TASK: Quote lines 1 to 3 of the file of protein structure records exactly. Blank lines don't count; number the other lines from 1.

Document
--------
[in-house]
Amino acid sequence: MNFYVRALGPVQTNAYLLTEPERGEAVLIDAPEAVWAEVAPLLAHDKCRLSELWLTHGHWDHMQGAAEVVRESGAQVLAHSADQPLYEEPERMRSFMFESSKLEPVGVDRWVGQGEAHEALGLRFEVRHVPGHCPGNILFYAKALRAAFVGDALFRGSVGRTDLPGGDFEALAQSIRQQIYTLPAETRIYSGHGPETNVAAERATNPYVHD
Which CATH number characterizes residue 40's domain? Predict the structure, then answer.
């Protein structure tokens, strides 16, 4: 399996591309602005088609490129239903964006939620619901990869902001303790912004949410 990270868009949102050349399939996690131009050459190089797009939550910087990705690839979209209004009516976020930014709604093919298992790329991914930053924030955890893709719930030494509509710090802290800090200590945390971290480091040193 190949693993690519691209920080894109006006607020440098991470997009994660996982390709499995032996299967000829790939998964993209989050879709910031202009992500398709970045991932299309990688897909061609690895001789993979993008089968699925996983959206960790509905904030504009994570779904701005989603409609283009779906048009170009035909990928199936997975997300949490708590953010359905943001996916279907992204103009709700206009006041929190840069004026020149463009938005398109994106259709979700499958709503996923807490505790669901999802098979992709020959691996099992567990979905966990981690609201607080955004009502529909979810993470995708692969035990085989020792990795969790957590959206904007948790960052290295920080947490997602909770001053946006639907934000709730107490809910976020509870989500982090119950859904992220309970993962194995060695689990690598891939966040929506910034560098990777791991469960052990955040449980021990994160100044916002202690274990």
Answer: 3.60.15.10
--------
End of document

[in-house]
Amino acid sequence: MNFYVRALGPVQTNAYLLTEPERGEAVLIDAPEAVWAEVAPLLAHDKCRLSELWLTHGHWDHMQGAAEVVRESGAQVLAHSADQPLYEEPERMRSFMFESSKLEPVGVDRWVGQGEAHEALGLRFEVRHVPGHCPGNILFYAKALRAAFVGDALFRGSVGRTDLPGGDFEALAQSIRQQIYTLPAETRIYSGHGPETNVAAERATNPYVHD
Which CATH number characterizes residue 40's domain? Predict the structure, then answer.